I am a Juan de la Cruz in the land where Mughal emperors like Babur, Akbar, Humayun, Jahangir, Aurangzeb and Shah Jahan once walked and built eye-popping fortresses and palaces. So it was inevitable to remember the great men of my land as I finally made my way inside Agra Fort, imagining Dr. Jose Rizal shaking hands with Shah Jahan, while Mumtaz was nearby bashfully peeping from her boudoir curtains. But that couldn’t be possible as Rizal was born 269 years too late. So I shifted my reverie to a ruler of Mactan, Lapu Lapu, who was born 1491 – 101 years ahead of the “King of the World” himself – Shah Jahan. Would Jahan and Lapu Lapu shake hands over a plate of samosa and a bowl of sinigang?
“Two fifty rupees,” remarked the mustached man at the ticket counter. Distracted from my day dream, I handed my entrance fee to Agra Fort, another UNESCO World Heritage site situated in the back roads of Agra, a mere 2.5 kilometers from Taj Mahal. Agra Fort was home to the aforementioned emperors. In fact, Shah Jahan spent his last 8 years within these red stone halls, incarcerated by his son Aurangzeb who succeeded him.
The exact construction of Agra Fort is unknown although 1080 A.D. had references to this fort, once made of bricks, during its capture by the Ghaznavide force. It was called Badalgarh then. Prior to the mughals, the Hindu Sikarwar Rajputs held it. Delhi’s first sultan, Sikandar Lodhi (after whom the immaculate Lodhi Gardens in Delhi was named) lived here.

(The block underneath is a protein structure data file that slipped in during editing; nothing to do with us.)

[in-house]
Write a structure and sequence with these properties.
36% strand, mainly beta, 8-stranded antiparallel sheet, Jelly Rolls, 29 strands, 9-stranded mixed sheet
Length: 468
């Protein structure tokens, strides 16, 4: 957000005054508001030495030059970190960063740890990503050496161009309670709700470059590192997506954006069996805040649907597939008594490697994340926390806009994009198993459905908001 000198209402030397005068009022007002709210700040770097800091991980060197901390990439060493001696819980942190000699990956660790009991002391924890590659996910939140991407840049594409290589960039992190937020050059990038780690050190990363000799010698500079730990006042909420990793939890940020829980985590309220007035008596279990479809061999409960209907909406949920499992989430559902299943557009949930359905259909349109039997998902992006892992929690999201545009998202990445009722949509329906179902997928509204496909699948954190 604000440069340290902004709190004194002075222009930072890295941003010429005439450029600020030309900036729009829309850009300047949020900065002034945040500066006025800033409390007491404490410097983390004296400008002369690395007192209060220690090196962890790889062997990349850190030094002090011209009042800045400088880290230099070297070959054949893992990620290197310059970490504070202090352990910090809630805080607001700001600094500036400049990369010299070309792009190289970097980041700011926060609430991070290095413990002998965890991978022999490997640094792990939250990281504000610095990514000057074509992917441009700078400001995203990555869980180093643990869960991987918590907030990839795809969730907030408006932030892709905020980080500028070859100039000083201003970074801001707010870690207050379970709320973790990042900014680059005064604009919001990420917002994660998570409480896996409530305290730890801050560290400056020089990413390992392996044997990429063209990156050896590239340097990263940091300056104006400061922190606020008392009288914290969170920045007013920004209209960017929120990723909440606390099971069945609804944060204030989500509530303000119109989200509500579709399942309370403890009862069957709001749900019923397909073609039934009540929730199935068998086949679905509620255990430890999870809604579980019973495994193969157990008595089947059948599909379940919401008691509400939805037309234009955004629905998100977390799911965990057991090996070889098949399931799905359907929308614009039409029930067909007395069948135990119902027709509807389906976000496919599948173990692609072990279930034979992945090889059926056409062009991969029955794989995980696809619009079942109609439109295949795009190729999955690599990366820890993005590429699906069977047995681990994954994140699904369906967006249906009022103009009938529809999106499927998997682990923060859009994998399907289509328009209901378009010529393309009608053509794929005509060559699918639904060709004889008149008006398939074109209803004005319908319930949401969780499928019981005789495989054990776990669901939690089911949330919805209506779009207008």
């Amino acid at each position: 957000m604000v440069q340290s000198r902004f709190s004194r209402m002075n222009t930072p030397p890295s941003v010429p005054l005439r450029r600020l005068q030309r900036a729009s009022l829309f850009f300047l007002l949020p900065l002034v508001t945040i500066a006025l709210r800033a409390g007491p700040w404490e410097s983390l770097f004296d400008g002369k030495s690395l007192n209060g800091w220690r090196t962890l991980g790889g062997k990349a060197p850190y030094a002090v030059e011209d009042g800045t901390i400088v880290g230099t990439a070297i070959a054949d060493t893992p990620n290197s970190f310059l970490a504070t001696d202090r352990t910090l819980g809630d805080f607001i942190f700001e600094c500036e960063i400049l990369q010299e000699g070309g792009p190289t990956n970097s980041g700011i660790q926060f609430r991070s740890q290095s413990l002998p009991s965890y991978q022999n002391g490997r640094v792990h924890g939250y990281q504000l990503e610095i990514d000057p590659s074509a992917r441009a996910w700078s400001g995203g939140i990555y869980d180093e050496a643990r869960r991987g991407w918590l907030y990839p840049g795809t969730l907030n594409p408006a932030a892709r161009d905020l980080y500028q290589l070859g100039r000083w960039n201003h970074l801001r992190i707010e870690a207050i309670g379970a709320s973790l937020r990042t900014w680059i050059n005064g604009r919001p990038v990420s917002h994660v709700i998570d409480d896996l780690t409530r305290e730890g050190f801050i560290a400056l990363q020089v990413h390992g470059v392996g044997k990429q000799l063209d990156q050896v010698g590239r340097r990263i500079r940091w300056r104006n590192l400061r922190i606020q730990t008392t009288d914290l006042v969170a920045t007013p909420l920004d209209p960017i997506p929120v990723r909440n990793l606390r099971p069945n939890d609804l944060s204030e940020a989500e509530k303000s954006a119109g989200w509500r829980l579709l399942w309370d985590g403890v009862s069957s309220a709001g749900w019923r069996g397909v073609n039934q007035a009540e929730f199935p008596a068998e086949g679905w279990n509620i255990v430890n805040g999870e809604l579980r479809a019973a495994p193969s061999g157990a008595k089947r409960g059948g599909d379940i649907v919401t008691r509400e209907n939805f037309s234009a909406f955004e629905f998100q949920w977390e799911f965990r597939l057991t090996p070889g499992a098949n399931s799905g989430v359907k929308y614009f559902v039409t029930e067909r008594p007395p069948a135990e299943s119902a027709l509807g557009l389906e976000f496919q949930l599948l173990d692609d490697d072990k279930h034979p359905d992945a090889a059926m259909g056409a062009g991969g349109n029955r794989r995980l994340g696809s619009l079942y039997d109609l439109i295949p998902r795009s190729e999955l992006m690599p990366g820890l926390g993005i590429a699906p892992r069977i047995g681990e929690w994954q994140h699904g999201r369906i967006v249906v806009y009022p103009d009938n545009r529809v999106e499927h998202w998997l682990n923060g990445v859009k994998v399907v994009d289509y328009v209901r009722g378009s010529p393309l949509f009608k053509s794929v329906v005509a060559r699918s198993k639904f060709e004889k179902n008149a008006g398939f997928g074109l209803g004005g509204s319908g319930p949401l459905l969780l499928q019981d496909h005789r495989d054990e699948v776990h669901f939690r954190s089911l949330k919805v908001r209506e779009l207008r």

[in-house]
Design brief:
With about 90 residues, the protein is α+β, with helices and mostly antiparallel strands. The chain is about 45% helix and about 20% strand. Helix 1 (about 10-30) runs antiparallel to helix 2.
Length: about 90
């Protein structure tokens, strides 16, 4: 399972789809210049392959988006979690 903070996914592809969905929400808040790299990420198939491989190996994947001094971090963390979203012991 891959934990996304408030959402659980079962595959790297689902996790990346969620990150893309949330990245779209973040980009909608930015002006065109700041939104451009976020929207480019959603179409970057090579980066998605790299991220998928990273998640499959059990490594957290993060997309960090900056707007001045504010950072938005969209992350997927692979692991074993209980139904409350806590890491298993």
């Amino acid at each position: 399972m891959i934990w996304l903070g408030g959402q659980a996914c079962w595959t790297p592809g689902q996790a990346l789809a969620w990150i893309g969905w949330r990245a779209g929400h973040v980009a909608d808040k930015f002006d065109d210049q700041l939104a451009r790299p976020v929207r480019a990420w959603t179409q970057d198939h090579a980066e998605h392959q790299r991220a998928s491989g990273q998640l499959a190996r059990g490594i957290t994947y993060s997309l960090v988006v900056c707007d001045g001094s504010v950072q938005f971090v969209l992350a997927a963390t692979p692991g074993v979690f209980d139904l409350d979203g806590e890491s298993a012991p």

It is a walled city really, more than a fort, sitting on a 94-acre land, with the Yamuna River flowing freely behind it. The walls are 70 feet high. It has 2 main gates: the monumental Delhi Gate and the Amar Singh Gate (aka Lahore Gate) used by tourists. The intricate design in every nook and cranny impressed me, it felt like walking into a dream. I would eventually get ushered into interior gates designed in curvaceous arches which lead to the gardens. One garden – the Anguri Bagh (Grape Garden) has geometrically arranged structures. For some reason, there was a part of the garden that was off limits. I am not exactly sure which part, or maybe I stepped into something I shouldn’t have because I was told not to. Doing what, exactly? I wasn’t sure. I just left.
The Khas Mahal, a white marble palace, stood out from most of the structures mostly made of red sandstone. I navigated to check out “Diwan-I-Am” – the Hall of Public Audience – where the emperor used to listen to public appeals. There were round 500 more structures within the complex but many of them have been ravaged by historical conflicts.
The lawns and the halls are mostly serene these days, although greater portions of the royal palaces have been secured and tourists have been restricted further. But what was being offered for public viewing was impressive enough, and I was just a happy Filipino visitor.
This is the Eye in the Sky!